Wheaton College Norton, Massachusetts

Lessons from South Africa

South Africa-Botswana

Students listen to a presentation by a tour guide at Langa Township.

Having read Nelson Mandela’s autobiography, Shiwei Huang ’15 knew about the “dom passes” that black South Africans were required to carry during the apartheid era. But when she visited Johannesburg’s Apartheid Museum and saw an exhibition on black South Africans’ fight for citizenship, she truly understood their plight.

South Africa-Botswana

Students visit the Old Fort Prison Complex, where political activists, including Nelson Mandela, were once detained.

“You can learn history from a book, but at the museum, you saw it, in videos, documents and pictures,” she said. “It had a big impact on me.”

That was one of many lessons that Huang and 15 other Wheaton students learned when they visited Cape Town and Johannesburg for the January course “Witnessing Contemporary African Society and Culture,” an interdisciplinary program launched in 2008.

The one-credit winter-break course, taught this year by professors James Freeman (economics) and Marcus Allen (political science), focuses on “trying to understand the culture, the sociology, the politics and the economics of post-apartheid South Africa—sort of witnessing the evolution, if you will, of a society reborn,” Allen said. [Read more...]

Traveling scholars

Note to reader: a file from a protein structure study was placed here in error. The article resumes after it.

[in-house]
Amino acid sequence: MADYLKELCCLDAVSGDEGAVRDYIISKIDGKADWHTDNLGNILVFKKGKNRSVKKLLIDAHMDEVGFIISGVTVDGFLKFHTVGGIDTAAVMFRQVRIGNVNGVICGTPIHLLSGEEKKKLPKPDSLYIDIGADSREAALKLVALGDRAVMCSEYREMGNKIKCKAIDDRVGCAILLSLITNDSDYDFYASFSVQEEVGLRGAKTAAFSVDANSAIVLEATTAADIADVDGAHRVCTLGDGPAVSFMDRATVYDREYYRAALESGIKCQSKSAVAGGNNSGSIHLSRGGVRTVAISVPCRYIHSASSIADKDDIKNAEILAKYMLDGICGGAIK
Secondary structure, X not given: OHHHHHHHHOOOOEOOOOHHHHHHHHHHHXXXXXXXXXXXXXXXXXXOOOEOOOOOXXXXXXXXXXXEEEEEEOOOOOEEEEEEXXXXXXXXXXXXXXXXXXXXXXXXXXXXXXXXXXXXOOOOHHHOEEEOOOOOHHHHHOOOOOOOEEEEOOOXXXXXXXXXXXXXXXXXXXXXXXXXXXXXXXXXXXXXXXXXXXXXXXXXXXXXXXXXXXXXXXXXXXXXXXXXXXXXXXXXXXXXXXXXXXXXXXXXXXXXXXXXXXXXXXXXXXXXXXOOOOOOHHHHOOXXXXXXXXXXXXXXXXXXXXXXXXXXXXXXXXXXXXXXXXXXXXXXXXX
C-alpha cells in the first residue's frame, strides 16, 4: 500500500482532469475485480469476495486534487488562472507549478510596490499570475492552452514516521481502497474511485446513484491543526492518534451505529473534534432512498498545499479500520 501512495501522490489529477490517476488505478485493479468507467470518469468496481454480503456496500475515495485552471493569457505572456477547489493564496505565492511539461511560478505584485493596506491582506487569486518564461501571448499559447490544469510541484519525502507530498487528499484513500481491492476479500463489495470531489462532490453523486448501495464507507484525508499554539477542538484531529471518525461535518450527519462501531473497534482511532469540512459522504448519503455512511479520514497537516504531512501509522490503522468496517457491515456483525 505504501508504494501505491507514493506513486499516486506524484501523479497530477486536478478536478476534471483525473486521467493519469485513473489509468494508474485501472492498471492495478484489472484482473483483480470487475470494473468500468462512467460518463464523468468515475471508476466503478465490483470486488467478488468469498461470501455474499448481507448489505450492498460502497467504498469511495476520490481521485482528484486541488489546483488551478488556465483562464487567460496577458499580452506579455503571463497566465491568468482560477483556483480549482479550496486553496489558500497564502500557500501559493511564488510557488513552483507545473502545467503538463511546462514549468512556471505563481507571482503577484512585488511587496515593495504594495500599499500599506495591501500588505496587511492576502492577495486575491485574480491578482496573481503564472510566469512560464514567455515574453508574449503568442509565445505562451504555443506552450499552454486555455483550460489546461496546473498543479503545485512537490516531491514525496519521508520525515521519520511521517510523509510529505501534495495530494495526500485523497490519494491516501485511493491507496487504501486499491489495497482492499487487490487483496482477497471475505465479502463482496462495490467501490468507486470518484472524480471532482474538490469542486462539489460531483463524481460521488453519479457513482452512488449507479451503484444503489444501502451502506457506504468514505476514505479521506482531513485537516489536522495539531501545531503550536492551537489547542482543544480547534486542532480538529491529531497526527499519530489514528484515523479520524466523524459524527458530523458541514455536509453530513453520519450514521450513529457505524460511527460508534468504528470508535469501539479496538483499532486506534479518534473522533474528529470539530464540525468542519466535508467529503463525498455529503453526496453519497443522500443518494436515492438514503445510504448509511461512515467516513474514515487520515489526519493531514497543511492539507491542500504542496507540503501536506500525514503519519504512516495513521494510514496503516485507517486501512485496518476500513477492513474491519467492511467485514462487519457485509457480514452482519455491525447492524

Juniors win Gilman awards to study abroad

Three Wheaton juniors this winter won awards from the Benjamin A. Gilman International Scholarship Program to study abroad during the spring semester in Egypt, Spain and Brazil.

Maya Ennis, of Brooklyn, New York, traveled to Egypt with a $4,000 scholarship. Gilda Rodrigues, of Boston, went to Brazil with a $4,500 award, and Alexis Nieves, of Brooklyn, headed to Spain with an award of $3,000.

The Gilman Scholarship program aims to diversify the kinds of students who study abroad, as well as the countries and regions to which they go, by supporting undergraduates who might not otherwise participate because of financial constraints. Sponsored by the Bureau of Educational and Cultural Affairs of the U.S. Department of State, the program is intended to help prepare U.S. students to play meaningful roles in an increasingly global economy and interdependent world. [Read more...]

Return to music feeds the soul

Janna Frelich ’78Janna Frelich ’78 started singing when she was 2 years old, took up piano at 7, and joined her first chorus at 9. It was the beginning of a life steeped in music.

Second actsFrelich earned two degrees in music. She sang in adult choruses, wrote songs, learned to play the harp and worked as a church soloist. But as much as she loved music, it remained a part-time pursuit, until recently. In 2010, after working in health research positions for 26 years, Frelich quit her job as a statistical programmer and enrolled in graduate school to become a music therapist and mental health counselor. [Read more...]

Following her passion at 80

“A bonus life.”

That’s how Dorothy Weber Trogdon ’47 describes her career as a working poet, which didn’t reach full flower until she was 80 years old.

Second actsInitially, her life’s path led her to design, not poetry. Trogdon majored in art history at Wheaton, then earned a master of architecture degree from Harvard Graduate School of Design. It was there she met her future husband Bill Trogdon, who was studying under the renowned Walter Gropius.

After marrying, the couple moved to Seattle, Bill’s hometown. He found work right away in a leading architectural firm, but for Dorothy it wasn’t so easy.

“In office after office, I was turned away because I was a woman,” she says. “One potential employer stated frankly that having a woman in the drafting room would mean the guys couldn’t tell their dirty stories.” [Read more...]